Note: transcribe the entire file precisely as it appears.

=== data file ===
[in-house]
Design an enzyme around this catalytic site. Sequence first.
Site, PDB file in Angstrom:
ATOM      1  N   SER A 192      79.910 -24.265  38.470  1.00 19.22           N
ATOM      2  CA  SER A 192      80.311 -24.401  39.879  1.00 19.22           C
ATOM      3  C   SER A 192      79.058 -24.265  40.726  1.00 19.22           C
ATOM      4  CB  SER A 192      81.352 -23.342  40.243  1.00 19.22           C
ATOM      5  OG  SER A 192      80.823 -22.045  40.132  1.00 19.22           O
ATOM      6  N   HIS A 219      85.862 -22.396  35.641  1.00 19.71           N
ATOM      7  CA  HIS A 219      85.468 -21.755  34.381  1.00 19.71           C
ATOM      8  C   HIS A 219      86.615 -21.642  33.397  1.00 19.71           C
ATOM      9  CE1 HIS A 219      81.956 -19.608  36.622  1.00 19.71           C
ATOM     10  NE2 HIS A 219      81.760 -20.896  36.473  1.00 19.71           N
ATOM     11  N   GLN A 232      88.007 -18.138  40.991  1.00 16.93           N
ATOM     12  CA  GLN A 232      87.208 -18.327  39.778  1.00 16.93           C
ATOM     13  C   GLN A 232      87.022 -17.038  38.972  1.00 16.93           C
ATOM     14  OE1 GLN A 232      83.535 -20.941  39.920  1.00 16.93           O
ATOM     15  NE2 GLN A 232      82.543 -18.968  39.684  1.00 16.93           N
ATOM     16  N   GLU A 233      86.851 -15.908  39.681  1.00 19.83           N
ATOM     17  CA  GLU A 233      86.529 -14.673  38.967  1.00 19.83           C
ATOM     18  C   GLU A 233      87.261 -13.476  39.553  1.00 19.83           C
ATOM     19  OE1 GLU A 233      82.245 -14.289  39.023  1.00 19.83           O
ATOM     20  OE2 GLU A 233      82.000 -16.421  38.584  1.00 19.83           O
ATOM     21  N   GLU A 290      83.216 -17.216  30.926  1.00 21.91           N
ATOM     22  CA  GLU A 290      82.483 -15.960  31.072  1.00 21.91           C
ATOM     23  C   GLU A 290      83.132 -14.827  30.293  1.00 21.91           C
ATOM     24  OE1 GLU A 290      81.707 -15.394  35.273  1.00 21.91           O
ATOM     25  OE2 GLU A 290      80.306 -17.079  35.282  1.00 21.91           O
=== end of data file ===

[in-house]
Design an enzyme around this catalytic site. Sequence first.
Site, PDB file in Angstrom:
ATOM      1  N   SER A 192      79.910 -24.265  38.470  1.00 19.22           N
ATOM      2  CA  SER A 192      80.311 -24.401  39.879  1.00 19.22           C
ATOM      3  C   SER A 192      79.058 -24.265  40.726  1.00 19.22           C
ATOM      4  CB  SER A 192      81.352 -23.342  40.243  1.00 19.22           C
ATOM      5  OG  SER A 192      80.823 -22.045  40.132  1.00 19.22           O
ATOM      6  N   HIS A 219      85.862 -22.396  35.641  1.00 19.71           N
ATOM      7  CA  HIS A 219      85.468 -21.755  34.381  1.00 19.71           C
ATOM      8  C   HIS A 219      86.615 -21.642  33.397  1.00 19.71           C
ATOM      9  CE1 HIS A 219      81.956 -19.608  36.622  1.00 19.71           C
ATOM     10  NE2 HIS A 219      81.760 -20.896  36.473  1.00 19.71           N
ATOM     11  N   GLN A 232      88.007 -18.138  40.991  1.00 16.93           N
ATOM     12  CA  GLN A 232      87.208 -18.327  39.778  1.00 16.93           C
ATOM     13  C   GLN A 232      87.022 -17.038  38.972  1.00 16.93           C
ATOM     14  OE1 GLN A 232      83.535 -20.941  39.920  1.00 16.93           O
ATOM     15  NE2 GLN A 232      82.543 -18.968  39.684  1.00 16.93           N
ATOM     16  N   GLU A 233      86.851 -15.908  39.681  1.00 19.83           N
ATOM     17  CA  GLU A 233      86.529 -14.673  38.967  1.00 19.83           C
ATOM     18  C   GLU A 233      87.261 -13.476  39.553  1.00 19.83           C
ATOM     19  OE1 GLU A 233      82.245 -14.289  39.023  1.00 19.83           O
ATOM     20  OE2 GLU A 233      82.000 -16.421  38.584  1.00 19.83           O
ATOM     21  N   GLU A 290      83.216 -17.216  30.926  1.00 21.91           N
ATOM     22  CA  GLU A 290      82.483 -15.960  31.072  1.00 21.91           C
ATOM     23  C   GLU A 290      83.132 -14.827  30.293  1.00 21.91           C
ATOM     24  OE1 GLU A 290      81.707 -15.394  35.273  1.00 21.91           O
ATOM     25  OE2 GLU A 290      80.306 -17.079  35.282  1.00 21.91           O